Luckily, I’m now recovering, and I should be able to return to my rented house near my lab soon. This is great news, as I will then be in a much more controllable environment, reducing my sensory overwhelm and enabling me to work on my research more consistently (now that I am no longer withdrawn from my PhD programme). It will also mean that I can walk to the lab once we have implemented social distancing protocols and I have booked a session to carry out new experiments there.
Returning to the lab will be hugely beneficial for me. The lab is usually my “safe space”, a place where I feel inspired, and my inability to do experimental work has led to feelings of stagnancy and uselessness. I miss the thrill of fabricating a beautiful nanostructure, collecting new data from a device, learning a new technique from a colleague, and that wonderful moment when you finally finish troubleshooting your experiment. It’s not quite the same when you’re debugging code or proofreading your writing!
Accessibility and inclusion
Although the pandemic has had a huge negative impact on everyone’s lives, I do see some positives that could come out of it, particularly in relation to accessibility and disability inclusion. Many assistive technologies and “reasonable adjustments” have now become useful for everybody. In some ways, I think able-bodied individuals have been forced to learn from people with disabilities, since we have always had to adapt and be flexible in order to work in environments that are largely inaccessible to us. There is some truth in the idea that the pandemic supports the social model of disability, which holds that attitudes and structures in society are what make people “disabled”, rather than their medical conditions, and that appropriate adjustments and accessibility aids can help overcome this.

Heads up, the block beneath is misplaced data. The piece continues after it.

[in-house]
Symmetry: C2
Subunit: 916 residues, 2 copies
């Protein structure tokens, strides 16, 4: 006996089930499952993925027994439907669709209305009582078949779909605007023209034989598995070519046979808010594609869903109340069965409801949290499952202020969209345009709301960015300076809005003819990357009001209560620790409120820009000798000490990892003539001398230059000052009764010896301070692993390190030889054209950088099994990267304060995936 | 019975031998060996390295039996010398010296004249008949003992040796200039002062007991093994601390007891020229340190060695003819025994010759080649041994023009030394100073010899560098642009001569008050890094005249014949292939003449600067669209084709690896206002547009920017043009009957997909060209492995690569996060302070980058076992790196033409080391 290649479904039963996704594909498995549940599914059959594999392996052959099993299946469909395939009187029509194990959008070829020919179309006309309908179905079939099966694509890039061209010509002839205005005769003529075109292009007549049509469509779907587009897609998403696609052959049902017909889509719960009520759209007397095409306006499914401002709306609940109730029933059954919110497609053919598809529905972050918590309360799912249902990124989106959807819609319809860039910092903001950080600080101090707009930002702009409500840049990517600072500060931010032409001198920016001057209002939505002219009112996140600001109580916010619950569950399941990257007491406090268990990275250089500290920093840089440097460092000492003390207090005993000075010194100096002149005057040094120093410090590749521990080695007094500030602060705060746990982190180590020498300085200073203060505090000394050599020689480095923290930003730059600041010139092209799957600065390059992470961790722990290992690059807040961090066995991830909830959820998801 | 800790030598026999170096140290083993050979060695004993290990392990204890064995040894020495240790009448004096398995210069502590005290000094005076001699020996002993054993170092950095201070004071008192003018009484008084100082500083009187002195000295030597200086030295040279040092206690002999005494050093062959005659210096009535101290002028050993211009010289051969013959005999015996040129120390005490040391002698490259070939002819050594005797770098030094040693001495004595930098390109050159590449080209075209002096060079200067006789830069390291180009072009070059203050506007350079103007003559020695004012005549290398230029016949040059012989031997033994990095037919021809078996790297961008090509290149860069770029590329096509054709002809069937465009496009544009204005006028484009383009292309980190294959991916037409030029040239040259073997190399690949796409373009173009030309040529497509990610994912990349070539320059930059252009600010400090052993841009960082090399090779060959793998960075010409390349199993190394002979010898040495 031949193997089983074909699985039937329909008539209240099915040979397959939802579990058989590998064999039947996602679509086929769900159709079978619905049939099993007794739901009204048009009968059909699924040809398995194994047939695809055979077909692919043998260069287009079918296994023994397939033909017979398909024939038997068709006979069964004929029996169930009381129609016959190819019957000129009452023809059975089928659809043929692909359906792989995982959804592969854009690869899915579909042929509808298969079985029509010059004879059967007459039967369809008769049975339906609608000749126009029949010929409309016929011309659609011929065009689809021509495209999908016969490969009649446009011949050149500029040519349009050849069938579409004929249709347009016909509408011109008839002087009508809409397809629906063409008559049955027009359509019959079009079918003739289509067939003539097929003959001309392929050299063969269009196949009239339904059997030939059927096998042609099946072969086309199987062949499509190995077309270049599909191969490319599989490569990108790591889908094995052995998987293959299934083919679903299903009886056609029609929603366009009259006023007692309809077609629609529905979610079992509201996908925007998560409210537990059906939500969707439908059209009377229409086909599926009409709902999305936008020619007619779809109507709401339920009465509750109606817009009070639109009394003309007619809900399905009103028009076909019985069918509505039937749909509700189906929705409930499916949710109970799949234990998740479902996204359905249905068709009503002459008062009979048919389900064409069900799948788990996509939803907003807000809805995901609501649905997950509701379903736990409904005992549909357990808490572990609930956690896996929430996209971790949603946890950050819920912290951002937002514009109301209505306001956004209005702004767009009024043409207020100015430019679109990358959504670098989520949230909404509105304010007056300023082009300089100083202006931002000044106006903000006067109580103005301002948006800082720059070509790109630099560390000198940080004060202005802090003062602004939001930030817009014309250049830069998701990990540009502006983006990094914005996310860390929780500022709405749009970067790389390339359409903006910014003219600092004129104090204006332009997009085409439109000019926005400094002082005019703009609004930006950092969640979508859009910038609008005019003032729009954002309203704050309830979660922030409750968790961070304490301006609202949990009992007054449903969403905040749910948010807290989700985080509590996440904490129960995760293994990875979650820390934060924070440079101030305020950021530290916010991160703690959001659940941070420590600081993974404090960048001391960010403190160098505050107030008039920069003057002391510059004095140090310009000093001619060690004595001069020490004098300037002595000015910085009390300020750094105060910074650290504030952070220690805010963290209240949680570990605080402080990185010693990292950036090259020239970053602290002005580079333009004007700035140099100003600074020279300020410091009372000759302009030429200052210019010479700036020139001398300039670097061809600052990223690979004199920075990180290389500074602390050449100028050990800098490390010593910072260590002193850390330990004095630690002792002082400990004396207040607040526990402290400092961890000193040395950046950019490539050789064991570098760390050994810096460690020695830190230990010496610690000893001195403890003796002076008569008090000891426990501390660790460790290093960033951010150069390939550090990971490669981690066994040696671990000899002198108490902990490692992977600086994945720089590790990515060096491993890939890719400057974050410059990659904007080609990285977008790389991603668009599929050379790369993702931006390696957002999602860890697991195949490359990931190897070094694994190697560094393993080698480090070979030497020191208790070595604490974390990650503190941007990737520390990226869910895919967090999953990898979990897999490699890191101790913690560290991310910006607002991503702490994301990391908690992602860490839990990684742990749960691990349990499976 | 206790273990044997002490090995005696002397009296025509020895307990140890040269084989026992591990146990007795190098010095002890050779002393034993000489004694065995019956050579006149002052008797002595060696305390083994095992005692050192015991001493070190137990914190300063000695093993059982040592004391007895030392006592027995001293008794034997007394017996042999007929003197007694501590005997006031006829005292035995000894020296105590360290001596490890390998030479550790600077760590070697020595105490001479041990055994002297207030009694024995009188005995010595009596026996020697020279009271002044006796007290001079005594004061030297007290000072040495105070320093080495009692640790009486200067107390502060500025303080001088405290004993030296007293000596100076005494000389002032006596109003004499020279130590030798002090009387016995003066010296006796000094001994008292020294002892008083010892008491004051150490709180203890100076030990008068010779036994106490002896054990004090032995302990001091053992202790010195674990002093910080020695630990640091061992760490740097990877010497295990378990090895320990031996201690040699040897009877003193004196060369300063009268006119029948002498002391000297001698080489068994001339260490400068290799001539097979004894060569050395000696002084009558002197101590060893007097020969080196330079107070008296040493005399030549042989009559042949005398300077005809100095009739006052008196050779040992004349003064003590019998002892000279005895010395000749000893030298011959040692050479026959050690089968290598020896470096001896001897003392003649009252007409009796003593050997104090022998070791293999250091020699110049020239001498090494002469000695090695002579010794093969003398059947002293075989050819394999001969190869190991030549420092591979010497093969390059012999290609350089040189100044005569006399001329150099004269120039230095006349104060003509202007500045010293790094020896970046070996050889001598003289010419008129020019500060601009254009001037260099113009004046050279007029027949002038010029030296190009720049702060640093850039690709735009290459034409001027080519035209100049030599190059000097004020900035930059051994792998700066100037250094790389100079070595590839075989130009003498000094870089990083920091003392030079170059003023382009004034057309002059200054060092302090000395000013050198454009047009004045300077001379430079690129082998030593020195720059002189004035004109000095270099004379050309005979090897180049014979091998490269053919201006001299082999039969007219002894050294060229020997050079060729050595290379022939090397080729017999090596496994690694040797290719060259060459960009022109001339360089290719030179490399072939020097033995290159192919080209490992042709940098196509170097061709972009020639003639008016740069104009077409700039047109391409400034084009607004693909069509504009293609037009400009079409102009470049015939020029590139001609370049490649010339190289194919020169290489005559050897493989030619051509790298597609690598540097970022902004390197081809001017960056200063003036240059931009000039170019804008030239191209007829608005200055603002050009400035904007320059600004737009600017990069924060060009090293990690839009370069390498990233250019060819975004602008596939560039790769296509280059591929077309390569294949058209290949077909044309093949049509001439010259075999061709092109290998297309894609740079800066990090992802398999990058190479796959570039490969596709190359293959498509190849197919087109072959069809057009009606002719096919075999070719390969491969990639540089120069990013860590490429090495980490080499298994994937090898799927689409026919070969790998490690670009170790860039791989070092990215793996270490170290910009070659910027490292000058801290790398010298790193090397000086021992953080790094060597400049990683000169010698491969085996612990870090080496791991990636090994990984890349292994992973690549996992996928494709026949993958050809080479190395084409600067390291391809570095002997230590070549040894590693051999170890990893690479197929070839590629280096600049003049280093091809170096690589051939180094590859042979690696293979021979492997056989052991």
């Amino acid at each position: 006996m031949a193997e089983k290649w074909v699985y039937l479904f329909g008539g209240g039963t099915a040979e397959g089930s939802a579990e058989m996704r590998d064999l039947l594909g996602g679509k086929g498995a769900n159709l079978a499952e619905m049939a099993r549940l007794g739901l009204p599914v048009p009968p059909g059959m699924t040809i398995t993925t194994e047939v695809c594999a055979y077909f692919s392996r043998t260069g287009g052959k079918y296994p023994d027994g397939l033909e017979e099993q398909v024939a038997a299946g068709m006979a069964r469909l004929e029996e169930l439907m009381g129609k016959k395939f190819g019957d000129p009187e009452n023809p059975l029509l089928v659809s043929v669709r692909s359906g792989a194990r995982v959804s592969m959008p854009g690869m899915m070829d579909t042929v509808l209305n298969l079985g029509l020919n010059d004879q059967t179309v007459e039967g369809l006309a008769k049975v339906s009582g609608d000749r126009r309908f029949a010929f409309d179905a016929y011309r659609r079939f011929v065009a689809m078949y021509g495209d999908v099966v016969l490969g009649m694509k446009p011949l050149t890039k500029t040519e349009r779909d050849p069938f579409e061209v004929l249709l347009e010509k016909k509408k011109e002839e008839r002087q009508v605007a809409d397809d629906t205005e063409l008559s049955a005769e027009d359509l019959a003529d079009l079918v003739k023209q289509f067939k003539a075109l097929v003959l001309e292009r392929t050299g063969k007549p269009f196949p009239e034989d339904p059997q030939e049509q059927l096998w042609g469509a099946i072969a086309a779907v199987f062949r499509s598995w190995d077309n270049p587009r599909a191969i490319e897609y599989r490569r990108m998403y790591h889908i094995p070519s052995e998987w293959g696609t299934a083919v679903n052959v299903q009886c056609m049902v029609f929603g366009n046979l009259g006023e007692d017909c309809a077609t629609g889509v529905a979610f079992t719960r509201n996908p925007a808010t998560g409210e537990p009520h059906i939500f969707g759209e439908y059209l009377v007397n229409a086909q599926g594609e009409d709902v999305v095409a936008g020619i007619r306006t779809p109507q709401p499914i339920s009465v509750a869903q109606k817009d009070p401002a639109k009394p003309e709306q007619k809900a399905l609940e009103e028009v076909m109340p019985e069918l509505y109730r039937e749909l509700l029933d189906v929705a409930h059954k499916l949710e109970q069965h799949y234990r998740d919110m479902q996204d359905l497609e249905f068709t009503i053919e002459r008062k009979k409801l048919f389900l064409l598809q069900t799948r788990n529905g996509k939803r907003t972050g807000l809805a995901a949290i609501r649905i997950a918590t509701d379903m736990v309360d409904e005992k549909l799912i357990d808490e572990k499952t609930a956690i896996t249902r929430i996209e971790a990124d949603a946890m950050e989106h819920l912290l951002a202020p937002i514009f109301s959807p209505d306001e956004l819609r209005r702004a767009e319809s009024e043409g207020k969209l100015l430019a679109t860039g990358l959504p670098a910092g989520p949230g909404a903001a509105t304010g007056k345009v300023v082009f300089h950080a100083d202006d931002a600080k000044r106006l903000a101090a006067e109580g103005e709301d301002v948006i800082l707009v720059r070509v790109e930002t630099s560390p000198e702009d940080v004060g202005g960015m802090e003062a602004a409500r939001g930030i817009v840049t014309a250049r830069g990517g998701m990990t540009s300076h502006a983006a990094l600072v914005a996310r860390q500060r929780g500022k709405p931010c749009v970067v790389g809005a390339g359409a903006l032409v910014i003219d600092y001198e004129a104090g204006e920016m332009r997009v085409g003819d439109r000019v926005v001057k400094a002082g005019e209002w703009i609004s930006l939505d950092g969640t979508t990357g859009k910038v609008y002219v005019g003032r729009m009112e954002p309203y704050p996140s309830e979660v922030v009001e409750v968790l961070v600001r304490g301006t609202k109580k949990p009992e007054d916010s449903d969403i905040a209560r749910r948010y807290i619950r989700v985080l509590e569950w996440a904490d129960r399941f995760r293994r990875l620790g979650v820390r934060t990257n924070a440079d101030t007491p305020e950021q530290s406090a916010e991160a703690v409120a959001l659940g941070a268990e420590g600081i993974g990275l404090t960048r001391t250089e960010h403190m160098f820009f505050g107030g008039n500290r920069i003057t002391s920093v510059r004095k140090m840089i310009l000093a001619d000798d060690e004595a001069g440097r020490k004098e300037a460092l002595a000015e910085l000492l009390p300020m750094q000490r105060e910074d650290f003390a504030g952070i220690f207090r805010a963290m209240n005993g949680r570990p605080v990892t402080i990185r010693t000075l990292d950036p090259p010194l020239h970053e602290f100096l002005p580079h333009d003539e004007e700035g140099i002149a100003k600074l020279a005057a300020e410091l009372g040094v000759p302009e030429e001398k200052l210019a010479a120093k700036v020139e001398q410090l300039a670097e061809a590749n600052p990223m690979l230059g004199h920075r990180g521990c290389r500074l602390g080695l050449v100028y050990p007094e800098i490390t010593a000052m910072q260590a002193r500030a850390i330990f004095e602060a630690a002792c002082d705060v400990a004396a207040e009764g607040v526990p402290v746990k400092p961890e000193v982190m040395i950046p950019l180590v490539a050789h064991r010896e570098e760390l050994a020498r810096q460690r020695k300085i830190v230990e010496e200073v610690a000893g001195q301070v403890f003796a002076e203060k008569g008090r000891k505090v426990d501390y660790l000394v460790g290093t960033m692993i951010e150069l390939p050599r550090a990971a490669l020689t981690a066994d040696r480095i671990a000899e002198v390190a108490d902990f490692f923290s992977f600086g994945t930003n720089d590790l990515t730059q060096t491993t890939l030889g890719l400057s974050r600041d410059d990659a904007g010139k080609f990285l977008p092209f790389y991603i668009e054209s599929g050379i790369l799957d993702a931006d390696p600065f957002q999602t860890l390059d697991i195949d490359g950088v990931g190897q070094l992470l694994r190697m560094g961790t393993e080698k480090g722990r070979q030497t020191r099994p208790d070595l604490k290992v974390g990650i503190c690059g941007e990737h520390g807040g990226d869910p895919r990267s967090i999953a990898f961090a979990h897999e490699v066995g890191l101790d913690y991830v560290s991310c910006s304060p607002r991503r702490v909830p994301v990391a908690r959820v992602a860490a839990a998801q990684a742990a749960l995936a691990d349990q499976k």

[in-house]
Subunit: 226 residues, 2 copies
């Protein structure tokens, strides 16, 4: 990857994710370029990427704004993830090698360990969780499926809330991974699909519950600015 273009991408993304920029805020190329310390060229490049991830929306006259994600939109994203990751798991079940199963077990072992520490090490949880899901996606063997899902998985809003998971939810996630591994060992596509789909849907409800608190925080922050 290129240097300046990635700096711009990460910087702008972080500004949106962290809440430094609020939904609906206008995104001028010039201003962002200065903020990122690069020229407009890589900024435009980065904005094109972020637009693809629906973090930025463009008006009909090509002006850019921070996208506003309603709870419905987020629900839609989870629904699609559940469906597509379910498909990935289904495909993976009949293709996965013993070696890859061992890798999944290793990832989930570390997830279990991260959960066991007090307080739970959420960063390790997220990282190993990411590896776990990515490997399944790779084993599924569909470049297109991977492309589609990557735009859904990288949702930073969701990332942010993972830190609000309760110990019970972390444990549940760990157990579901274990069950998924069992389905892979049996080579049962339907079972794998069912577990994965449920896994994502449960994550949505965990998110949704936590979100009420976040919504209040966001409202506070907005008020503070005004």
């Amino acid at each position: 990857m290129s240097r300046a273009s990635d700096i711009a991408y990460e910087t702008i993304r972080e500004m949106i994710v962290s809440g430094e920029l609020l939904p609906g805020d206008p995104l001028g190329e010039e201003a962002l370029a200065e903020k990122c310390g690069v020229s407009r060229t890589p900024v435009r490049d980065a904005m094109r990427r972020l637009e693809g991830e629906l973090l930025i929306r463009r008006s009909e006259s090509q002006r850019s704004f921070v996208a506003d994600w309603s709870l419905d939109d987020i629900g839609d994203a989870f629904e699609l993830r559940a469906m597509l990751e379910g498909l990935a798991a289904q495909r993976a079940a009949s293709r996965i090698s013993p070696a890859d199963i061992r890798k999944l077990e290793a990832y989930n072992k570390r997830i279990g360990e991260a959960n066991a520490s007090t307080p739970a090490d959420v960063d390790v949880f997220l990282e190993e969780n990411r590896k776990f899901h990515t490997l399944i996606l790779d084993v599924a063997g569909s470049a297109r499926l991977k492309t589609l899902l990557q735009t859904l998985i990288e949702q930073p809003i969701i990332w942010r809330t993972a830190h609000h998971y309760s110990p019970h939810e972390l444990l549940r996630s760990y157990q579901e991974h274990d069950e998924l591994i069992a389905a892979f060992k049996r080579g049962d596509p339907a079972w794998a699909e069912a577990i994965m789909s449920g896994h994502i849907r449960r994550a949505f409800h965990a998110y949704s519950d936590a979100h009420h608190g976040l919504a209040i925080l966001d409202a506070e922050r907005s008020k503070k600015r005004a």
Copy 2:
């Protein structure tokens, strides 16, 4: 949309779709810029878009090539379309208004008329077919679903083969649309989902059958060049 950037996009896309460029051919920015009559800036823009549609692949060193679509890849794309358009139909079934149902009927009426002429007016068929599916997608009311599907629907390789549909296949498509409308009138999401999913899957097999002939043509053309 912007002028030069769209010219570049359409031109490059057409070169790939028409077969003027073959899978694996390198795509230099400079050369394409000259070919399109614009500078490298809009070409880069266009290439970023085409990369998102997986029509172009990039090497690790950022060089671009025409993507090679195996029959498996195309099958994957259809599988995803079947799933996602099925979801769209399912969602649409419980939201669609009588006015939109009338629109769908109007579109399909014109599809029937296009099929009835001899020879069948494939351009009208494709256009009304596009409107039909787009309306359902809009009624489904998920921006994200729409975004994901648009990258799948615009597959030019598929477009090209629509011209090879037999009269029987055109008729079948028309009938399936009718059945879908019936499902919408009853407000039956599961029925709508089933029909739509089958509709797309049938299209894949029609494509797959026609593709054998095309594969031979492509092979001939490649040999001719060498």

Here’s an example. Before the pandemic, I regularly worked from home on Fridays, and I often found that my productivity increased considerably when I did. This is probably because home working eliminates the sensory stresses of travelling to campus, while also giving me one day a week when I don’t have to socialize in person. Working from home also enables me to be non-verbal for a day, which helps me process experiences and information. Finally, when I am at home, I am much more likely to tap into an aspect of autism (and other neurodivergent conditions) that is, I think, a great asset: hyperfocus. When I’m in a hyperfocused state, my brain can concentrate intently on a task for a long period of time, but I’ve never been able to enter hyperfocus in an office (particularly an open office).